Authors: Brian Tochterman*, Northland College
Topics: Cultural Geography, Urban Geography, Historical Geography
Keywords: Crime, Violence, Film, Popular Culture, Cities, Fear
Session Type: Paper
Start / End Time: 9:55 AM / 11:35 AM
Room: Maryland C, Marriott, Lobby Level
Presentation File: No File Uploaded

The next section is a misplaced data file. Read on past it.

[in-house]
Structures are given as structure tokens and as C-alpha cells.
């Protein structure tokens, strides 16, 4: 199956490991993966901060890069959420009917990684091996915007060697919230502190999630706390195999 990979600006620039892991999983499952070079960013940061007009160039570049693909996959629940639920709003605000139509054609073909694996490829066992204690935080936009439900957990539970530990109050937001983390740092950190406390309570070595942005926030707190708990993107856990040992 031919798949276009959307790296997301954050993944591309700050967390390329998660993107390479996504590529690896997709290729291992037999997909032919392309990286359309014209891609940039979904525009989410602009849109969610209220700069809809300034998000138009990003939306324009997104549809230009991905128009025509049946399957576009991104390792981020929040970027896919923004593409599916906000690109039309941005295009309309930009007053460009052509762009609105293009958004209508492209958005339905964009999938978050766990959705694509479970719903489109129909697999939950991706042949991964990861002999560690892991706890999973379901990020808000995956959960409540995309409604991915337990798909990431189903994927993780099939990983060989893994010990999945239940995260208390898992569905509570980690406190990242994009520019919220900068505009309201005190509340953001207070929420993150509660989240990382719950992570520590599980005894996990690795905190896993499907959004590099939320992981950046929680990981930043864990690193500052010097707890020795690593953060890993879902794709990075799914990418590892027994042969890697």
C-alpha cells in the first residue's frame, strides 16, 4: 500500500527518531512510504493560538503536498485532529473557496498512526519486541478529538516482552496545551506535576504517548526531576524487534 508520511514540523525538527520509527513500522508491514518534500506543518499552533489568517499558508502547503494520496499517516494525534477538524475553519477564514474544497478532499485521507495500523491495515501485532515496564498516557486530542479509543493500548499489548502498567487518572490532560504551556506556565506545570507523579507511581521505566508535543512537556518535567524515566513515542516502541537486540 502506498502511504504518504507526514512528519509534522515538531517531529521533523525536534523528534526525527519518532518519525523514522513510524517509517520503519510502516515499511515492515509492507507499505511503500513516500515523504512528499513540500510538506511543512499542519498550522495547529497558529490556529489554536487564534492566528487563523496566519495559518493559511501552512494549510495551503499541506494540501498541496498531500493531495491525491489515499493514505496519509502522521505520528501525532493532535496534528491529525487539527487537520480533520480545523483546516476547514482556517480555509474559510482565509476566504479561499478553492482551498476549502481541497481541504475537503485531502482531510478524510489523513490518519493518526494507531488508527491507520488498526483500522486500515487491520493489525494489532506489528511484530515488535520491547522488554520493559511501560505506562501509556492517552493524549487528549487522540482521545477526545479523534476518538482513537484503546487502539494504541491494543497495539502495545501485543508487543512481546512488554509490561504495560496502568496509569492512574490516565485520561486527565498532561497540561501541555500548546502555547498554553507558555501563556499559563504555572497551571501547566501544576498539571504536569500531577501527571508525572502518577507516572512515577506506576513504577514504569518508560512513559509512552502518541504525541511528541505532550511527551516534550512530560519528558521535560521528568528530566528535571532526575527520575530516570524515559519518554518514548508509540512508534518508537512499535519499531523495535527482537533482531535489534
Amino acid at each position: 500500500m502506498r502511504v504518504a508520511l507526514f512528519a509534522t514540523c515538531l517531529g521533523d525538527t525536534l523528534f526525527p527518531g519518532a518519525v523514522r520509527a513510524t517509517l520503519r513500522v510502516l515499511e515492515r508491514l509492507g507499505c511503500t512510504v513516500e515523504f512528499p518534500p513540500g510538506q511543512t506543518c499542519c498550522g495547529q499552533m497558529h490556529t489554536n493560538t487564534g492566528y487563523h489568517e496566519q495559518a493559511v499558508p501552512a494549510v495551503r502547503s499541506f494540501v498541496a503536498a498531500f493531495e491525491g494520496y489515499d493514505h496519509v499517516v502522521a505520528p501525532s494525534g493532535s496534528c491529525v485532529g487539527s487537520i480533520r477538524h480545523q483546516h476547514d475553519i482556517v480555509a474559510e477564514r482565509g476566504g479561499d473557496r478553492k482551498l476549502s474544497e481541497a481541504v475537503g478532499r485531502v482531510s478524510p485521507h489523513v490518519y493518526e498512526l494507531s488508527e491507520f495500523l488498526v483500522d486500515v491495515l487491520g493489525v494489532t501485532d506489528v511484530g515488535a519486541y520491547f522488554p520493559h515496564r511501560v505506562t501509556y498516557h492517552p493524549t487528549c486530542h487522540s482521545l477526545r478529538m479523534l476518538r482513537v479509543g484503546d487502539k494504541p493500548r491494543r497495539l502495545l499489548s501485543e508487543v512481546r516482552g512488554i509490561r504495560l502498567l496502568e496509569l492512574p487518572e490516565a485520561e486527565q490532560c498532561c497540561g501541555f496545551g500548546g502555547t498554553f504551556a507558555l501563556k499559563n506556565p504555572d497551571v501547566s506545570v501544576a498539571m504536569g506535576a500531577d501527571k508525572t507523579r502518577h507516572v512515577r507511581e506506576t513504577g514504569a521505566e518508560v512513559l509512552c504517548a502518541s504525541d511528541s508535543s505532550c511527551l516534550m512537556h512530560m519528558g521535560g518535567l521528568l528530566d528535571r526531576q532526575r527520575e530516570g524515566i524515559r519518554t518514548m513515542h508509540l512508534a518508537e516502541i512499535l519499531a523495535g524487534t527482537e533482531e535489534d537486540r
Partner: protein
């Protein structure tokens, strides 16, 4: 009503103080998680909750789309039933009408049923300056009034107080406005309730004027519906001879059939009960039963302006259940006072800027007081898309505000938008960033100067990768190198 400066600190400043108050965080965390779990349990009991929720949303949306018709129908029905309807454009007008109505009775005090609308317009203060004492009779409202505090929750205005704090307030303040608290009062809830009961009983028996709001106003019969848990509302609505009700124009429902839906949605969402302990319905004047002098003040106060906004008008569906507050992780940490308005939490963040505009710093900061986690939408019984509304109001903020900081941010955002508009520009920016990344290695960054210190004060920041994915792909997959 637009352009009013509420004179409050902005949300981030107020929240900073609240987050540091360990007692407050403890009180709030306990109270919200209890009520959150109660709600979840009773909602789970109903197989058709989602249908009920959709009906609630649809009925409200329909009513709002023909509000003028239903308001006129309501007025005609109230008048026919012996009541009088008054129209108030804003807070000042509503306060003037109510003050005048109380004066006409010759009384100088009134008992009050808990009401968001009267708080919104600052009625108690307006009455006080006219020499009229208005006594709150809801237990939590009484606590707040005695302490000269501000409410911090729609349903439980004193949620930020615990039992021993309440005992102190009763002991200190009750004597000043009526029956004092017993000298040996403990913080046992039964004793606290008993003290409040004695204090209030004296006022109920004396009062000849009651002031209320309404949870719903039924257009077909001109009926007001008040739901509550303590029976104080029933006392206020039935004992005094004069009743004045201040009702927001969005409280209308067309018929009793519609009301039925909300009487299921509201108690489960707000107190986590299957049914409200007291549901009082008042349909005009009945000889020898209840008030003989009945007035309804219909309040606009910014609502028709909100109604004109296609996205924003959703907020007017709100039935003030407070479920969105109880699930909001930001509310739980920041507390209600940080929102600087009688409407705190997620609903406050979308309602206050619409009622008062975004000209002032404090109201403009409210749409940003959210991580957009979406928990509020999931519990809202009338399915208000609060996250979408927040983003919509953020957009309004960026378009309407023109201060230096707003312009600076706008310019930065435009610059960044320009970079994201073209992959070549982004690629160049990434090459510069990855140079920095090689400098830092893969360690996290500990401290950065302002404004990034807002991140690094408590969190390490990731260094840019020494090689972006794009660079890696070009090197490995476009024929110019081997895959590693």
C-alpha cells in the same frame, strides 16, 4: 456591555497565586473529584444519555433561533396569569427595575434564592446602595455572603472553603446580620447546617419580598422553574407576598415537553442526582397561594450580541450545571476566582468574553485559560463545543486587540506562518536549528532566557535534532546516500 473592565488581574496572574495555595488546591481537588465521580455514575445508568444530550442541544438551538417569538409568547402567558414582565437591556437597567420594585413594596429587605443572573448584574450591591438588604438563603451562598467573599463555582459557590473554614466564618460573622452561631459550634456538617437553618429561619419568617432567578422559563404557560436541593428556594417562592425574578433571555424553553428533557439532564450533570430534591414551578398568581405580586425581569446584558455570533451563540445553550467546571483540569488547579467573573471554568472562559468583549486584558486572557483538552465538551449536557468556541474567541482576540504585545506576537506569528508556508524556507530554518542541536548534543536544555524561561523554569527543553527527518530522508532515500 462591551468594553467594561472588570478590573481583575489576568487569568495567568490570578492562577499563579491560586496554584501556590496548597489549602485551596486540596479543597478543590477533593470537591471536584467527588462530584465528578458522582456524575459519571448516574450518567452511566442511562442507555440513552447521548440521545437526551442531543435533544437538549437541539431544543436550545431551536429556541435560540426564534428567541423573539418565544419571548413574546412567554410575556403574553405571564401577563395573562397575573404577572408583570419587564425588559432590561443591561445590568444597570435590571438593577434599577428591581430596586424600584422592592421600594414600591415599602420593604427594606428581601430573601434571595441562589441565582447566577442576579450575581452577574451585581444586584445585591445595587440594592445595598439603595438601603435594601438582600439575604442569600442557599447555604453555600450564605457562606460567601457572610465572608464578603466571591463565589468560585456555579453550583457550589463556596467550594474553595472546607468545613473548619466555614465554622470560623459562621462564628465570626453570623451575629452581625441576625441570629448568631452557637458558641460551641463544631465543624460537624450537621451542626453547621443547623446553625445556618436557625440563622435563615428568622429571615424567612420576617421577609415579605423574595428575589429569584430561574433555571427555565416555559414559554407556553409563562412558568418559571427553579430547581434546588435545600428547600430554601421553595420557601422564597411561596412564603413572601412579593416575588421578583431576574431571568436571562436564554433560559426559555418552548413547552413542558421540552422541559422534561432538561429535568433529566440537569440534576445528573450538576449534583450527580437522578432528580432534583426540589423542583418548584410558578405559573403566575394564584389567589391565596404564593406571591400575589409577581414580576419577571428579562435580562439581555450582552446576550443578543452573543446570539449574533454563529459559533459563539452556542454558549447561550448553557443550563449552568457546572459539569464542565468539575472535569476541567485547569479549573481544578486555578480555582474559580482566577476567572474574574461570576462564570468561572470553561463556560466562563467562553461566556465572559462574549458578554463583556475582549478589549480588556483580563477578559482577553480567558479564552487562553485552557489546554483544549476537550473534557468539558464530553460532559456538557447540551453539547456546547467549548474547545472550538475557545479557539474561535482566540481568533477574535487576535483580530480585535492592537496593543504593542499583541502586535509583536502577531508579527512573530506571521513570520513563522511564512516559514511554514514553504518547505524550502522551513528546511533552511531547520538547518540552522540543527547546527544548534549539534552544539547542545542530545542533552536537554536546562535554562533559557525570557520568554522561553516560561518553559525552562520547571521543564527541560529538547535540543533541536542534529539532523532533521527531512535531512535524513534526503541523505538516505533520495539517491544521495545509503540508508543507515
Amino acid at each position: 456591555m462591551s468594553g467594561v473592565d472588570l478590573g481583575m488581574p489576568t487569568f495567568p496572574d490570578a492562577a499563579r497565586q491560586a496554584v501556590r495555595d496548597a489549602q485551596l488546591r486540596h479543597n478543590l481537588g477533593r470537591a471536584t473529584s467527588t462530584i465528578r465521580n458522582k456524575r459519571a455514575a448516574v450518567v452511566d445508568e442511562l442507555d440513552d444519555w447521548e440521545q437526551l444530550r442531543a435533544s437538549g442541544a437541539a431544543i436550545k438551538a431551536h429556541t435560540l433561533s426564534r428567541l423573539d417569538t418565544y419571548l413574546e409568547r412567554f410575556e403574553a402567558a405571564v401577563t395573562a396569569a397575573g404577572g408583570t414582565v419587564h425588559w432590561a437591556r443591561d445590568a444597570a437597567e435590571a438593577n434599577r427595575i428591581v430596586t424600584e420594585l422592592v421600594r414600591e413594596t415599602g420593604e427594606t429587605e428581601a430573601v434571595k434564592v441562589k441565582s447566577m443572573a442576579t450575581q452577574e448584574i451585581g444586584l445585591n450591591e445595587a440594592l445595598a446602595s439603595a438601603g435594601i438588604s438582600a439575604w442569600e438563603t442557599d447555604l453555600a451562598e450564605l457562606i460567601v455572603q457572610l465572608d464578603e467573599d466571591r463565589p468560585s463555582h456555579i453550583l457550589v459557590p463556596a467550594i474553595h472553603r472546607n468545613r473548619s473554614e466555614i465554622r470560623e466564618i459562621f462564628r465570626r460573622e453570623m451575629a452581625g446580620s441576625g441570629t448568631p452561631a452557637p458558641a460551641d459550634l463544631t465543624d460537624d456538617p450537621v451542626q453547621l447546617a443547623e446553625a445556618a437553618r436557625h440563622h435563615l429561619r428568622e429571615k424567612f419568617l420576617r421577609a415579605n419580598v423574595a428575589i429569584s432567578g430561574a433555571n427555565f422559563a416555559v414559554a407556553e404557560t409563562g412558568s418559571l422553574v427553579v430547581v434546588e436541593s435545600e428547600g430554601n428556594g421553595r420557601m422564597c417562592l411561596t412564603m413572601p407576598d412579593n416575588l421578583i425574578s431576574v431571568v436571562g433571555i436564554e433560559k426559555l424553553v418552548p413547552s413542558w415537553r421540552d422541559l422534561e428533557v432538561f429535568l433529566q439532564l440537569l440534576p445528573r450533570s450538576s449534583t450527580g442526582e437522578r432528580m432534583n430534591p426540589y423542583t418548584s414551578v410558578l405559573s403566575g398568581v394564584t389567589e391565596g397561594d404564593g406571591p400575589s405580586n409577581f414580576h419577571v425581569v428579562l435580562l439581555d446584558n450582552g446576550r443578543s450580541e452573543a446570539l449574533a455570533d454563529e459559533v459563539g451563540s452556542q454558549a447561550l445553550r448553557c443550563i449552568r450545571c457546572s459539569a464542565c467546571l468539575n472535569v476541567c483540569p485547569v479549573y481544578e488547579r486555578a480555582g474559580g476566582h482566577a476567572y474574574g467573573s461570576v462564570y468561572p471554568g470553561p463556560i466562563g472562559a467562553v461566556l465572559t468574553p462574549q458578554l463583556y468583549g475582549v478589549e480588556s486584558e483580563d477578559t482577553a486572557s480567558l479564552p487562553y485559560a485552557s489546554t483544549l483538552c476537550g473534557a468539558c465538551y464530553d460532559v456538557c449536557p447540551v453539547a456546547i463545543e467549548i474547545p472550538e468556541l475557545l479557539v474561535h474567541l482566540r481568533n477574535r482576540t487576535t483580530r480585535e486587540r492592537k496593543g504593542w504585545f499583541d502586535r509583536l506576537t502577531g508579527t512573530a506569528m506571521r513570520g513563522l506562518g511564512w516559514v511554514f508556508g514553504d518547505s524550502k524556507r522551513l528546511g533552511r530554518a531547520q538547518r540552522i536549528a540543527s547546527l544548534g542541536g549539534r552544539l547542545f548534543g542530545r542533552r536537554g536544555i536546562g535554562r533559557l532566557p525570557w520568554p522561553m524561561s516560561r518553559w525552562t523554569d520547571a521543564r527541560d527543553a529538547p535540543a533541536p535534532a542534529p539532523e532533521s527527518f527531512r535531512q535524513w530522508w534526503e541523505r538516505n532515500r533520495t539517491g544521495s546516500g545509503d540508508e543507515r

This paper examines filmic representations of urban crime and violence in the 1980s and 1990s, and highlights the politics of the solutions offered therein. With a focus on Robocop, Colors, and Falling Down specifically, I trace their narratives from the urban crisis films of the 1970s. From the law-and-order discourse of George Wallace and Richard Nixon, for example, emerged filmic imitators like Clint Eastwood’s “Dirty” Harry Callahan, who patrolled the streets of San Francisco killing crazed hippies and begging crooks to make his day. While these tales added a heroic salve to the perceived problems of the urban crisis, Hollywood portrayed some cities as a lost cause in the 1980s and 1990s, including its hometown. Detroit, a city decimated by a host of structural forces, served as the setting a new type of crime fighter, Robocop. Despite its success, Robocop signaled the end of rational crime-fighting in cities overrun by violent denizens acting at random. Likewise, drugs, crime, and gangs rendered Los Angeles the most reviled U.S. city in the 1990s. On the one hand, this cultural moment provided fertile ground for the emergence of a new black cinema, including filmmakers like John Singleton and the Hughes Brothers, centered on showcasing the structural challenges faced by minority citizens. On the other hand, it allowed for a return to “great white hope” form through depictions of violent resentment toward demographic and thus cultural change within the city.